Introducing the Hexy Bottom Bag

It’s here, at last–the Hexy Bottom Bag! The pattern has been written, edited, tested, edited again and finally, with the help of my daughter we got the photos taken and the pattern finished.

(insert cheers from the crowd here)  

If anyone ever tells you it’s easy to write a pattern, punch them in the gut. This stuff takes so much more time than actually sewing anything. But you know what? I kinda love it. There’s this challenge to it that I find enjoyable. I think I might even do it again before too long.


But for now, this little guy is available on Craftsy.

Hexy Bottom Bag in linen


Thank you Audrey, Kristi, Paula, Kathryn, Pat, Cassie, Jen, Peggy and Sam for all the help, feedback and support through the process.
IMG_8204Find out more on adding the pockets here.


Hexy Bottom Bag Pockets

The pockets for the Hexy Bottom Bag are not a part of the original design but as I worked through samples I thought it could be a fun and functional addition.  If you want to do the same, here’s how:

For each pocket, cut an outer pocket piece and a pocket lining piece. I made three pockets on mine, adding one to every other wedge side piece. The pocket lining is about 1/2″ longer than the outer pocket. This is exactly as it should be, don’t panic.

Align top edges and stitch, right sides together, with a quarter-inch seam.   Press seam toward lining. 

Press lining down, wrong sides together. Top stitch at edge of lining.     

Mark 1/4” seam allowance along bottom edge of pocket.

Line up seam allowance at corner, right sides together and stitch in place.   

Press pocket up into place and baste along both sides.  Continue with step 2 of Hexy Bottom Bag pattern.

Row by Row Experience — have you played along?

Before this spring I’d never even heard of the Row by Row Experience, but from what I hear, I’m not the only one.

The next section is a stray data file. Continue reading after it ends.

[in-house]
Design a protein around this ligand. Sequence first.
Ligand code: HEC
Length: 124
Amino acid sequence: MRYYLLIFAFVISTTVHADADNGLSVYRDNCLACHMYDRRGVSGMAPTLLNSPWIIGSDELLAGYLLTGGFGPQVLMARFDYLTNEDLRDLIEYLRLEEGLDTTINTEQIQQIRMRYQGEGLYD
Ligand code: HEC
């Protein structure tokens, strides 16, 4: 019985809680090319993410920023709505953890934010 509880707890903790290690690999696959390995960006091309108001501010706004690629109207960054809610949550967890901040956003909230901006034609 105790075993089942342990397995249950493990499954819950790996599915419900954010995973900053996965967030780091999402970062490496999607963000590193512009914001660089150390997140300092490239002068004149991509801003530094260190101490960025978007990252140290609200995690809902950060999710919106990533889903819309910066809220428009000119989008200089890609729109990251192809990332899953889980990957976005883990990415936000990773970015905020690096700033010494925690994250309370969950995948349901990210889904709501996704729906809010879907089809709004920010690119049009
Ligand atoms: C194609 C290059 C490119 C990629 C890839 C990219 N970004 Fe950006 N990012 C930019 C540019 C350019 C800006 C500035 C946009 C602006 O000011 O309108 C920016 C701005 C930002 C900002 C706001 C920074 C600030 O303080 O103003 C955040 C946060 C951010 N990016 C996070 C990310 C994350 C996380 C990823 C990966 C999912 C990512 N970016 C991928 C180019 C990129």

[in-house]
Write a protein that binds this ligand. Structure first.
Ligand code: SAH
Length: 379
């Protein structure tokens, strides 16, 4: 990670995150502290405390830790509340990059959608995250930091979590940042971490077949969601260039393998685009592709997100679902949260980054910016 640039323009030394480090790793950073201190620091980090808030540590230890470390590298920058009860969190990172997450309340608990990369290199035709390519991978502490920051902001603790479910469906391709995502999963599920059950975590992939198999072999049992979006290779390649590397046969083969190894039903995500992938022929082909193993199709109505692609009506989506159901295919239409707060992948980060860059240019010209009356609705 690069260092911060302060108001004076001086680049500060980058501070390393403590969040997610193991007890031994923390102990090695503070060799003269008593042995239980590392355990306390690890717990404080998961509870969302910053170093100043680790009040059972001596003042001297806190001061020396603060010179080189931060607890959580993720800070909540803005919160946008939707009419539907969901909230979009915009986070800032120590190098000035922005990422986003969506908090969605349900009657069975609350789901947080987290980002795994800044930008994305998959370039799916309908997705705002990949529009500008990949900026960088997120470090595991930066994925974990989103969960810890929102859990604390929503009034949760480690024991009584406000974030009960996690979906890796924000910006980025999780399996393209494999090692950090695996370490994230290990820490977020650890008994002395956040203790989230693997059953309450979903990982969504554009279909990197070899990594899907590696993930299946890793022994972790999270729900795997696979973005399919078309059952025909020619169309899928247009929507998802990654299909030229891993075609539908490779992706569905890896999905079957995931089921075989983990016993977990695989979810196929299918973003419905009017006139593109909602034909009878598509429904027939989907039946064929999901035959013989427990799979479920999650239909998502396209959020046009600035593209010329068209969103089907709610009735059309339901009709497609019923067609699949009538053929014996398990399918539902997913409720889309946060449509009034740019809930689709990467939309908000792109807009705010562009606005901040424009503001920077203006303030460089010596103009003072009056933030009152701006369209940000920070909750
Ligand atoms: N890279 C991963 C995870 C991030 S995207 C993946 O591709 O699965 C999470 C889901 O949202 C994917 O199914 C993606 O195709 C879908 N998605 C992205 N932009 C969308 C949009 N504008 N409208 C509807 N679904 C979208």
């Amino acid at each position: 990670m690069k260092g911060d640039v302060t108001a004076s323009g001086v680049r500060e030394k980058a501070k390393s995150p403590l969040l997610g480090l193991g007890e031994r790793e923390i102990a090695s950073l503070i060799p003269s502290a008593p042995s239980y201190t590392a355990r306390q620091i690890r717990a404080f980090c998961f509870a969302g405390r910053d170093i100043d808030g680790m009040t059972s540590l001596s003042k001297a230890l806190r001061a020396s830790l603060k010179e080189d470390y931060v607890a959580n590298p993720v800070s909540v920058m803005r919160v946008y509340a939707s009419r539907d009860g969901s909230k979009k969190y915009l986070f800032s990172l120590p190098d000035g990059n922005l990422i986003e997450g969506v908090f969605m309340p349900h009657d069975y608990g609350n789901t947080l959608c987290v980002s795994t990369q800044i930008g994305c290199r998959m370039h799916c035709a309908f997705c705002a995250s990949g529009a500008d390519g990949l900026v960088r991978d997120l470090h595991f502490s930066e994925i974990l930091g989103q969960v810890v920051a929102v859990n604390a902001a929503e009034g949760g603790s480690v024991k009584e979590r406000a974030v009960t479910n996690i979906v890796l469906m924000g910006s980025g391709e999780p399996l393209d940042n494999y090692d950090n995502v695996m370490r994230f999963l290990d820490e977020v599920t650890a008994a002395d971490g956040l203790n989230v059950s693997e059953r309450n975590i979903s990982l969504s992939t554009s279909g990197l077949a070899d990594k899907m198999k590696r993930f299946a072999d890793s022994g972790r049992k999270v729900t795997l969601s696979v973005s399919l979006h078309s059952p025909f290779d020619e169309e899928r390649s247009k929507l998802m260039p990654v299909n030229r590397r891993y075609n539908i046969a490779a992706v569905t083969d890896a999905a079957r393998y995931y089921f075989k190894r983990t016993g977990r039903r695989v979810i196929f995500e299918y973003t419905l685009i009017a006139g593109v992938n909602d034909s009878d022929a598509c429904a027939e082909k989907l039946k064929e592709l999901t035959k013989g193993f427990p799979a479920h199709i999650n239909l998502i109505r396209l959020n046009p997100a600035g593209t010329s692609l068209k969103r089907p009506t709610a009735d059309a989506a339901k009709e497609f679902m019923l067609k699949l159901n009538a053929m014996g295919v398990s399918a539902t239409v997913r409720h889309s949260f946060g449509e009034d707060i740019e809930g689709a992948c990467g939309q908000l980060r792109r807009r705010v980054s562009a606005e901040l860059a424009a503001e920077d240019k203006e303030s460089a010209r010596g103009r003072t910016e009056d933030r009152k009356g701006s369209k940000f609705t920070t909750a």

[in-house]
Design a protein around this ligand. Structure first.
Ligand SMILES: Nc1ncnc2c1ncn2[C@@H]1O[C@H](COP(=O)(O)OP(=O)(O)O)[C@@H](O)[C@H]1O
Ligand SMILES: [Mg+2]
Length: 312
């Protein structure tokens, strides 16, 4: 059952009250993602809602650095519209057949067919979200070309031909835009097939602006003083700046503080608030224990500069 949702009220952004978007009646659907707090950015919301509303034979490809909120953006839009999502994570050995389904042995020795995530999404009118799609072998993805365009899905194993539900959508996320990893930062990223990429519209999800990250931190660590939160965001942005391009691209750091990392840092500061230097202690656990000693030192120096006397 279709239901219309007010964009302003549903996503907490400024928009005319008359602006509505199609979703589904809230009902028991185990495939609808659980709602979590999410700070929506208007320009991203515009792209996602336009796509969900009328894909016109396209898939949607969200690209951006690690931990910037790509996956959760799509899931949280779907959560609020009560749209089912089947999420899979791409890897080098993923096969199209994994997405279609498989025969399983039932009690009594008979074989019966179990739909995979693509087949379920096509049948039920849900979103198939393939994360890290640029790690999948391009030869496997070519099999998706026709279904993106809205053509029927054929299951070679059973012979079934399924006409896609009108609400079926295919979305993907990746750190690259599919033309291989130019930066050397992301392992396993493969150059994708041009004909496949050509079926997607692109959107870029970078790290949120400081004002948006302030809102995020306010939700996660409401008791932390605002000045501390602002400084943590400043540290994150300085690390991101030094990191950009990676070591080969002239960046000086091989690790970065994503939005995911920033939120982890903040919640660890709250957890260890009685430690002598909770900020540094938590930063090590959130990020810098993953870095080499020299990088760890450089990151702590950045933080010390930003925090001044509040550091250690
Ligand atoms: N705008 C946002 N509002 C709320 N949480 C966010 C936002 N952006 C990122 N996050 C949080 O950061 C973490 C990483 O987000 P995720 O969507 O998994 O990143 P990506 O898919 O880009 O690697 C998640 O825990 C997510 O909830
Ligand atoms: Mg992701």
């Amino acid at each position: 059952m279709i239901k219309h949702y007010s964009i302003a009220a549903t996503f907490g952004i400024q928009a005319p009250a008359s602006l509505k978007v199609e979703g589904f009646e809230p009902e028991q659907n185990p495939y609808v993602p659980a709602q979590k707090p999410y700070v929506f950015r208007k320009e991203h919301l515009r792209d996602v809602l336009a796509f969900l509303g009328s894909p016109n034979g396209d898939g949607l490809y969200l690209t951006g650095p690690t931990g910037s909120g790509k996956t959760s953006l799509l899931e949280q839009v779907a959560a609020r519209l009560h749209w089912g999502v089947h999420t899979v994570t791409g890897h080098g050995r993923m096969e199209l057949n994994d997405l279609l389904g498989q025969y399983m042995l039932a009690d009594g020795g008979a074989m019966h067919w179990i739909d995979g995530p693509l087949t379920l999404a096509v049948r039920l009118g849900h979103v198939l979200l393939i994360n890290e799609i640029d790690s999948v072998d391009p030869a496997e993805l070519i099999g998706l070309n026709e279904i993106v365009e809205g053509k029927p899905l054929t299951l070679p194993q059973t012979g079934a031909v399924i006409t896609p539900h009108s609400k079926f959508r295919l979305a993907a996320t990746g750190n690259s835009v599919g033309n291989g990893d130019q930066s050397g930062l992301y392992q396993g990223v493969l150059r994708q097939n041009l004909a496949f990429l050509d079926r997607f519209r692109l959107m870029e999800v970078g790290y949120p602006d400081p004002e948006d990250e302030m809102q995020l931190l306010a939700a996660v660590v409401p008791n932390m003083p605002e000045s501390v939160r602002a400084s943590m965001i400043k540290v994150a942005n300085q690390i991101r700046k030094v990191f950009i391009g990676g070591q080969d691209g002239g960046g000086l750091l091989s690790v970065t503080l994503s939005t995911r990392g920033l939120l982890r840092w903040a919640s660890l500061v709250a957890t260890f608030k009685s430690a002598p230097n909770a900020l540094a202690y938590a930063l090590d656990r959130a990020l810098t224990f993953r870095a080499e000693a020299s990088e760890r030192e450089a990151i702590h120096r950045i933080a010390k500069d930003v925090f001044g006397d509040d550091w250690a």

This nationwide shop hop is right up my alley, promoting brick-and-mortar shops and the quilters who love them. My work over the years with shop owners has given me a real love for the them and all the effort they put into have a local place for us fabric petters to converge. The folks behind Row by Row Experience are on the same wavelength and started this hop a couple years back to encourage quilters to seek out and visit their local quilt shop, then go on a little road trip to visit others. <3!

This year there are several shops in the Portland area participating, including Fabric Depot, Cool Cottons and Modern Domestic (is it weird that I’ve worked with all them at some point over the last three years?!). Each has a free row pattern for you, but you have to go into the actual shop to get it. And while you’re there… buy some fabric and notions.

Working with Fabric Depot, I got to design three different rows for the Row by Row Experience participants–applique, paper piecing, and patchwork.Row by Row - Bridge Row by Row - Mountains Row by Row - Sailboats

It’s been a bit crazy with thousands of patterns being taken and hundreds of kits bought. Awesome and nutty. It’s a challenge to try and keep up, but I can’t tell you how happy it makes me to see people liking the designs. 

Get on in to your local shop and see what they’ve got. I’d love to see what you make!

Let’s Talk: Sewing Pillows

IMG_3043Head over to Sew, Mama, Sew for an inside scoop on how to make pillows that look more professional than a simple envelope pillow cover. I did a guest post for them earlier in the month, but forgot to get it published over here. Oops!

I’ve been making pillows for a while and have them up as PDX Pillows on Etsy and have figured out a few tricks that make a real difference in the final appearance.

One important thing that I don’t really talk about in the SMS post is the choice of pillow form. I prefer a down pillow form, but they can be hard to find (and expensive!). Instead I have been using the Home Elegance pillows from Poly-Fil. They have them at work and feel more like down than most other pillow forms. They sell for $20-25 for a 20-inch square pillow, so they cost a bit more than your typical stuffed pillow form, but they feel so much better. And really, when you’re leaning back against pillows on your sofa, you want them to feel nice.

Do you have other tricks for making nice pillows? Do you prefer invisible zippers or lapped? What’s your take on button closures?


cozy textures & uncommon mirth